Egypt is one of the most fascinating countries in the world and, although there has not yet been the opportunity to cross it on our bike, we spent a few days in Cairo during a stopover, headed to Asia. But the African nation is not just Cairo. It's Nile, its crystal-clear sea, it's desert, it's pyramids, it's Sinai and much more. So below I want to suggest what to see in Egypt and best company to book Egypt tours, leaving aside the bicycle for today which can however, as always, in your future trips to Egypt, be how to combine the various points of interest listed.
What to see in Egypt?
Cairo and the pyramids of Giza
The capital of the African nation is a busy and congested metropolis, but it has many attractions that are worth a visit and a unique atmosphere to experience. The unmissable destinations in the city are certainly the Egyptian Museum of Antiquities in Tahir Square and the plain of the pyramids of Giza with the Sphinx. But this is only the beginning. Personally, I advise you not to miss a tour in the medieval souks of Khan El-Khalili and a walk through the narrow streets of the Old Town of Cairo and the charming Coptic quarter. You can conclude your stay with an evening along the banks of the Nile.
Not far from Cairo, in Saqqara, is the oldest monumental complex in the world built solely in stone. The main structure of the complex is the pyramid of Djoser, a very impressive 6-storey stepped building. Overall, the turquoise ceramic tiles lining the burial chamber and the hieroglyphs inside the Pepi I pyramid are admirable decorations. The museum on site is small but interesting.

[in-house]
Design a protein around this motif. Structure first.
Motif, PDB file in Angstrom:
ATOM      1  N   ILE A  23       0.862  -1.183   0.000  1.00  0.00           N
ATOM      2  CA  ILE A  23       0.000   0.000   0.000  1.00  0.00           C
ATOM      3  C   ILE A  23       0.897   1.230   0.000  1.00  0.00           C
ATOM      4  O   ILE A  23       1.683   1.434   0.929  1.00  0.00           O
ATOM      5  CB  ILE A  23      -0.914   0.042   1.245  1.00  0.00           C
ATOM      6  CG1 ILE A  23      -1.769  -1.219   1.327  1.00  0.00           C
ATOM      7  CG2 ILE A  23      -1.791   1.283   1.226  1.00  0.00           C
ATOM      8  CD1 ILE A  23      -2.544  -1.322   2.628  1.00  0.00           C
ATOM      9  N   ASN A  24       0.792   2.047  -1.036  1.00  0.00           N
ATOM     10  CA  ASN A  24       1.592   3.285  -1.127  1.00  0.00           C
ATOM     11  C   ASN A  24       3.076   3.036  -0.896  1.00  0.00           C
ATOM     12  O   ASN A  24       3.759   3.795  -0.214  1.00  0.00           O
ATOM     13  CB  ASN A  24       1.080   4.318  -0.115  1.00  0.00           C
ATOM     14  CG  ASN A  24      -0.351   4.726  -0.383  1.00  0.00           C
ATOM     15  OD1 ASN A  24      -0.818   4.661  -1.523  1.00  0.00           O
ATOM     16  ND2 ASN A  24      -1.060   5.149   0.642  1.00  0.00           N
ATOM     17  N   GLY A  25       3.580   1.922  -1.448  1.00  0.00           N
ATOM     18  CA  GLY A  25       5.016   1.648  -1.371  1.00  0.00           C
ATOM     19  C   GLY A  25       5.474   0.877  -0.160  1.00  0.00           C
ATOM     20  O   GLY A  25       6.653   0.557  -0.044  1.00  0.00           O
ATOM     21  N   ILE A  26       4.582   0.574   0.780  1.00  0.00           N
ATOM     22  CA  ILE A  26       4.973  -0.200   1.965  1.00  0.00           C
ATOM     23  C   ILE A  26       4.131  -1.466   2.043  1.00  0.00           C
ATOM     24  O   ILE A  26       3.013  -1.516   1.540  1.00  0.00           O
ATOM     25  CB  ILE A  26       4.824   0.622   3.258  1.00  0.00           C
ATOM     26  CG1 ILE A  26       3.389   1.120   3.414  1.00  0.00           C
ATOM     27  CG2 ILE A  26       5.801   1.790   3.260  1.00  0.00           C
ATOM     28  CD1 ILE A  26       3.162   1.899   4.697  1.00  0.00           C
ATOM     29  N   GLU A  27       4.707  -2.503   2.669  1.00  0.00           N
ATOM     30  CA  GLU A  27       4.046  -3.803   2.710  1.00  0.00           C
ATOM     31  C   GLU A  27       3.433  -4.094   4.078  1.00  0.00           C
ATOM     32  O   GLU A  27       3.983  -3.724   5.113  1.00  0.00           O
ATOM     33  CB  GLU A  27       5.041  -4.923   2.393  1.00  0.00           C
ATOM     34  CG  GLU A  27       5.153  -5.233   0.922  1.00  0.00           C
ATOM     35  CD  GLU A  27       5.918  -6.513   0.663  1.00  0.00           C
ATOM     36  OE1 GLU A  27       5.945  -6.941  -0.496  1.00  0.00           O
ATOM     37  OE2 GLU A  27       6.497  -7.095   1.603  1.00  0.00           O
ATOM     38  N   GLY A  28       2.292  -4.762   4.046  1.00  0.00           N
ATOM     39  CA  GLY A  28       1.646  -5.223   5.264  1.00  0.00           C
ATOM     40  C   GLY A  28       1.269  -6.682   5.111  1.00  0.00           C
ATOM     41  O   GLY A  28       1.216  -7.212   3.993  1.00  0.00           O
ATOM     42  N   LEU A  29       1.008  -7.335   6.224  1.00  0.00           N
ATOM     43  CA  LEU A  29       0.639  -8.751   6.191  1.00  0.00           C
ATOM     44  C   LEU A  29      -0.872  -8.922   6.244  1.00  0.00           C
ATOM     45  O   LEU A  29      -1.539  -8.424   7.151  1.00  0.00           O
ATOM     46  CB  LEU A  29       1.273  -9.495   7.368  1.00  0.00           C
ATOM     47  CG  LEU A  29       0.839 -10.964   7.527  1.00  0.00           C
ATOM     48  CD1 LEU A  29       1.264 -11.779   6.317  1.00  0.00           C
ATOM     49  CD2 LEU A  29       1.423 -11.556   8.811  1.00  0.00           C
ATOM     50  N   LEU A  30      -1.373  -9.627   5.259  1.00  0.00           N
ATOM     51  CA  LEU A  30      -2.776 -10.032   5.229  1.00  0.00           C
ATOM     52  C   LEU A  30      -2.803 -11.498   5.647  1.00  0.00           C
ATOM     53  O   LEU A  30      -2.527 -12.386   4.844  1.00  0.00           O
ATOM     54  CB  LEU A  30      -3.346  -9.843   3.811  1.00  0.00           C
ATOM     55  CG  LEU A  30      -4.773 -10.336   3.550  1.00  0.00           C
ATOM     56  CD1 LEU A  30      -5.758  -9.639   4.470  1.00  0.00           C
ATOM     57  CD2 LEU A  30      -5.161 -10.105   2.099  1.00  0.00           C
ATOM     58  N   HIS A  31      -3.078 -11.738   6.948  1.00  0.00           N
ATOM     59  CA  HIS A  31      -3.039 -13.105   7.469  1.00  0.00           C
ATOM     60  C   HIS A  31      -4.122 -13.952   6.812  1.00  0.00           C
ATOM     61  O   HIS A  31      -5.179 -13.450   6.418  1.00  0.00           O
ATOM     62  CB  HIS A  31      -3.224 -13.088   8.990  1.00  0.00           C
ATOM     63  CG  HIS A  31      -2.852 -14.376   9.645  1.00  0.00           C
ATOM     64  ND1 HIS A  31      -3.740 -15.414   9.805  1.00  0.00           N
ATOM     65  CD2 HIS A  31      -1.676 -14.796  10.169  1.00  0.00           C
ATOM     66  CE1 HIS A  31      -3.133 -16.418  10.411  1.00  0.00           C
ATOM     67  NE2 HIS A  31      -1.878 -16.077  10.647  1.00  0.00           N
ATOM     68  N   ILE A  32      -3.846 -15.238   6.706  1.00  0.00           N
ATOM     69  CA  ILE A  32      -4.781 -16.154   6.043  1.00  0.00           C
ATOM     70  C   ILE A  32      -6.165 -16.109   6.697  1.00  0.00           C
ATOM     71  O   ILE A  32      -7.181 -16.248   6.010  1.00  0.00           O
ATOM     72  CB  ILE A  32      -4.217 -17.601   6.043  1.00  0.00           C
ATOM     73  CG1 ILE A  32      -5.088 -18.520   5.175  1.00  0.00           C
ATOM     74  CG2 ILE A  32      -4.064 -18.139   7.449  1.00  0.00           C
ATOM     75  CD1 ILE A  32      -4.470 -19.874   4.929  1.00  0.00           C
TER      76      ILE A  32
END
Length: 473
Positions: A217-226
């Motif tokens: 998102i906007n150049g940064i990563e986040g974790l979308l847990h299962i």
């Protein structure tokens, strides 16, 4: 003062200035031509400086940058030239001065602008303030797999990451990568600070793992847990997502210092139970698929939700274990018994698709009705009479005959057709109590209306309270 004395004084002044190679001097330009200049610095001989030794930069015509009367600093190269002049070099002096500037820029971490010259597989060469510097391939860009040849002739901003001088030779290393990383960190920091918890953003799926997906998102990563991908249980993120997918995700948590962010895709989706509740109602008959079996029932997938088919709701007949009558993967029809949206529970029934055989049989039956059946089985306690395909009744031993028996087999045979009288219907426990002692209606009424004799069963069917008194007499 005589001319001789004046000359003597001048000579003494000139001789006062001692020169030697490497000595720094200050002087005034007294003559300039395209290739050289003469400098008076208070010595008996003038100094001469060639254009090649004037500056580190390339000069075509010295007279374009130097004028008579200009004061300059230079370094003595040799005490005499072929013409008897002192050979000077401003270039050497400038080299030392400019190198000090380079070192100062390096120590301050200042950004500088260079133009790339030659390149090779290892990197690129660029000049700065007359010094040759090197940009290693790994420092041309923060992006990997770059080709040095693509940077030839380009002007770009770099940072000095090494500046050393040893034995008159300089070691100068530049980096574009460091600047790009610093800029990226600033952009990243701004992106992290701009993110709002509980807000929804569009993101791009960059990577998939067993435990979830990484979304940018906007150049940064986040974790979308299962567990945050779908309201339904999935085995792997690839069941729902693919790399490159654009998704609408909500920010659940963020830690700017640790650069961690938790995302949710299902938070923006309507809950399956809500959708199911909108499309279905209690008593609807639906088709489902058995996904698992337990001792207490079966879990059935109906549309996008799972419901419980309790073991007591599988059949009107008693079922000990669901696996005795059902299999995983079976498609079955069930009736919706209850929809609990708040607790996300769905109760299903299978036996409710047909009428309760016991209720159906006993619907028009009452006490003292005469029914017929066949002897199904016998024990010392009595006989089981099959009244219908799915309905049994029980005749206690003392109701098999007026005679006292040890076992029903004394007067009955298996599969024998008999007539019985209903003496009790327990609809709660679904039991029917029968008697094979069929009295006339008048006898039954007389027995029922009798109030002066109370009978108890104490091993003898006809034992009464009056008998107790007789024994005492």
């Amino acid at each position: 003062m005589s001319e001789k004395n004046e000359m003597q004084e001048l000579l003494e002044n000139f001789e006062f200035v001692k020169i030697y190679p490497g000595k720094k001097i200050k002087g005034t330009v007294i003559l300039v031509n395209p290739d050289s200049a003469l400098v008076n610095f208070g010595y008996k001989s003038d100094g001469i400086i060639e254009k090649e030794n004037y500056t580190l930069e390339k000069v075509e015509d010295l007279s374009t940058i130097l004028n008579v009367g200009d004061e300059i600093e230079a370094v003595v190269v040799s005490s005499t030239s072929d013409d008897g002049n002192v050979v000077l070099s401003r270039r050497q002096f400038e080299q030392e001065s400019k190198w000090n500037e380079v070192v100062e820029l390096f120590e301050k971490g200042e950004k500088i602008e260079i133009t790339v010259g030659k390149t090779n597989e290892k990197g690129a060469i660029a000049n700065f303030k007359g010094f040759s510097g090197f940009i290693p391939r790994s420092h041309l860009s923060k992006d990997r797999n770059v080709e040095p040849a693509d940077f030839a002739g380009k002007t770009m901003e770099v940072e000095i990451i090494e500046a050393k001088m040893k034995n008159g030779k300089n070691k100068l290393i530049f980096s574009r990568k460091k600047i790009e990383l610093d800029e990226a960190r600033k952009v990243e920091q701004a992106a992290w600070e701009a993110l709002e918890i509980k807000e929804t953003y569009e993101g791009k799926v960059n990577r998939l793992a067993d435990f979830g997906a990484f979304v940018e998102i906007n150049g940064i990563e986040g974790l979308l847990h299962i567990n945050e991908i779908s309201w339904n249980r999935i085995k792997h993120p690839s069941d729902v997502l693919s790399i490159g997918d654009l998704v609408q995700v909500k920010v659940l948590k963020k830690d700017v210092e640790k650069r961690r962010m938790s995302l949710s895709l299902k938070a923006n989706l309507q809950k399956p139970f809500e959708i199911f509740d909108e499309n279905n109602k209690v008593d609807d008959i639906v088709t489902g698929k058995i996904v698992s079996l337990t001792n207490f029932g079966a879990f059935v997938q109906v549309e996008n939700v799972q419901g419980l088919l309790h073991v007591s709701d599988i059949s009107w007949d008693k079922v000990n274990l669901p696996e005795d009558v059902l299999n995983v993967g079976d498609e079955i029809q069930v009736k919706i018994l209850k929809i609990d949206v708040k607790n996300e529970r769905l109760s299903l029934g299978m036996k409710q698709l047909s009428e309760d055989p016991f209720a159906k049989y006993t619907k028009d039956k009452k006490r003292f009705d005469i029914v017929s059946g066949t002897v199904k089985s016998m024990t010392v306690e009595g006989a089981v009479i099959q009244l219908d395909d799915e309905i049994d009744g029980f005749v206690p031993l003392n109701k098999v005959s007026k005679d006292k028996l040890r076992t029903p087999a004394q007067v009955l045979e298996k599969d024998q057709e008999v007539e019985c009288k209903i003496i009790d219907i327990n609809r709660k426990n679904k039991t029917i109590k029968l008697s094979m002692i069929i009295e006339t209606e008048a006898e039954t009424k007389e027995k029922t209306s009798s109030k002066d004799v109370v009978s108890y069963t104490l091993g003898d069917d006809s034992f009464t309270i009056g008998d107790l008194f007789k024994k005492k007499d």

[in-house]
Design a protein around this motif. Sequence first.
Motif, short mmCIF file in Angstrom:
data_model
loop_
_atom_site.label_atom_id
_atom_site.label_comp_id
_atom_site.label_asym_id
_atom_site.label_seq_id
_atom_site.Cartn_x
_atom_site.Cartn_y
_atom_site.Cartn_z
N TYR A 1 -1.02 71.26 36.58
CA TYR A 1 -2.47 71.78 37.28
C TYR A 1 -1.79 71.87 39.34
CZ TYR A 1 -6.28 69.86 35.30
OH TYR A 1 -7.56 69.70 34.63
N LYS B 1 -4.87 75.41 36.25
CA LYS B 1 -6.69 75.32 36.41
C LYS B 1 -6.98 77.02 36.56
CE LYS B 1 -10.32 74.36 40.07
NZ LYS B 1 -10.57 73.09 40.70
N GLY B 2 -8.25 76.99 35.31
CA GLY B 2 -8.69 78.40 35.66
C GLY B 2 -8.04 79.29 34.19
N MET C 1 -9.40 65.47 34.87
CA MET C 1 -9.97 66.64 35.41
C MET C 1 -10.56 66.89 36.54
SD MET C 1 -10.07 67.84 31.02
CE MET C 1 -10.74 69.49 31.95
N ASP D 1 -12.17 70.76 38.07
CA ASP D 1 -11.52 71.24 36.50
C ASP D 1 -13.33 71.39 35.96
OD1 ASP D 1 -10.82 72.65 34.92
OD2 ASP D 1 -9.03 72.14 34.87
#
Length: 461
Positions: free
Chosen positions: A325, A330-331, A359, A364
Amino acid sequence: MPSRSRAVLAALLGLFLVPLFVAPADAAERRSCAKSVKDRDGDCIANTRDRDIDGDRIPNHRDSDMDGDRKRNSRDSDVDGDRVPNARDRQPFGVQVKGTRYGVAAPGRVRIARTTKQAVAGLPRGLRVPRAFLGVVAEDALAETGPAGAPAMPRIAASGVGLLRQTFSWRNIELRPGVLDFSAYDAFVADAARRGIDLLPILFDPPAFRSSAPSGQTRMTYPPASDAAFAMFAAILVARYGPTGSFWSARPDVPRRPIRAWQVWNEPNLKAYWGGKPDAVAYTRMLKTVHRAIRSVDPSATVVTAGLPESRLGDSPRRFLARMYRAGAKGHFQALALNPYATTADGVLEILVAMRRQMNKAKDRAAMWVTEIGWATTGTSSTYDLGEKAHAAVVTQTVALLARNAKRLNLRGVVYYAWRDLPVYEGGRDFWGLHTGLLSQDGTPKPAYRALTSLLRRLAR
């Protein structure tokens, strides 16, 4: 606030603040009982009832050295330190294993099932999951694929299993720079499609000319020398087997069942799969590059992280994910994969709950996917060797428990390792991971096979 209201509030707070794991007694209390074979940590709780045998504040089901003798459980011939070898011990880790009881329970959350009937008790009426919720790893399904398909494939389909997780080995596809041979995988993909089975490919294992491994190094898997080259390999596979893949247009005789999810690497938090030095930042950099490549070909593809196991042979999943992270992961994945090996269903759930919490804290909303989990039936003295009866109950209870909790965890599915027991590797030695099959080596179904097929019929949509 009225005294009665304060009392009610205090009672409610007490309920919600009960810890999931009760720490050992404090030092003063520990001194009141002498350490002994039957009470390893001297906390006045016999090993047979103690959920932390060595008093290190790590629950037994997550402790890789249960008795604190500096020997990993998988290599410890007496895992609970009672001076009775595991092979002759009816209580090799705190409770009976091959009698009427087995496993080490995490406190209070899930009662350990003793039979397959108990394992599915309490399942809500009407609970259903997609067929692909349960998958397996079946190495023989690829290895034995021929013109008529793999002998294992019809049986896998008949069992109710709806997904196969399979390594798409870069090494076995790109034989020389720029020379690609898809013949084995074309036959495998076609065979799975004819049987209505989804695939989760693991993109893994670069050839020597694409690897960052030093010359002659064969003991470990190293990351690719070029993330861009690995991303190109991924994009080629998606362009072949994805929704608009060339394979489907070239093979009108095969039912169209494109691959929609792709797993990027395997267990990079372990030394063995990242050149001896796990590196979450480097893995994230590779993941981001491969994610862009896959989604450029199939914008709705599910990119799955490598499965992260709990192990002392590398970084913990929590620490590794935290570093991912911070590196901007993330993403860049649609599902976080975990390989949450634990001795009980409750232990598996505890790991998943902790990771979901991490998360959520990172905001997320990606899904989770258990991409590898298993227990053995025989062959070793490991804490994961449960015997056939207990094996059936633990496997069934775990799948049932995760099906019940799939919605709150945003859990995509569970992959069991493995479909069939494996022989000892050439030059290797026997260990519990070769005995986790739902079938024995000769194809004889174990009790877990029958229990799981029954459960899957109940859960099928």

The Valley of the Kings and the Valley of the Queens
Located on the western bank of the Nile, not far from ancient Thebes - today Luxor - the two geographical areas are very important archaeological sites where the rulers of the 18th, 19th and 20th dynasties and their wives are buried, respectively. The Valley of the Kings is located on the bed of an ancient Wadi and the best-known and best-preserved tombs are those of Tutankhamun and Ramses VI nearby. The necropolis of the queens, not far from that of their husbands, contains over 70 tombs. In this site the most famous and elegant burial place is perhaps that of Nefertari, wife of Ramses II.
Karnak and Luxor complex
You do not need to go too far from the Valley of the Kings to reach another spectacular archaeological site in Egypt: the Karnak complex with the Great Temple of Amun. The long avenue with the Cryocephalic sphinxes (lion's body and ram's head) is a worthy entrance to a majestic complex in which to get lost. Among the wonders that you must not miss are the small temple of Ramses III, the Great Courtyard, and the Obelisk of Theodosius. Not far away are the giants of Memnon that you could reach with a felucca, the typical Egyptian sailing boat.
Down in the deep south of Egypt, in what was once called Nubia, not far from the border with Sudan, stand the majestic temples of Abu Simbel, a UNESCO World Heritage Site. Aswan which created Lake Nasser also threatened these temples which were located below the current water level. The temples, thanks to the intervention of the international community, were saved and the hill was literally cut to pieces, moving the location of the buildings 65m higher. My advice is not to limit yourself to a touch-and-escape visit, stop a night or two in Abu-Simbel to appreciate its slow pace, maybe visit Lake Nasser for birdwatching.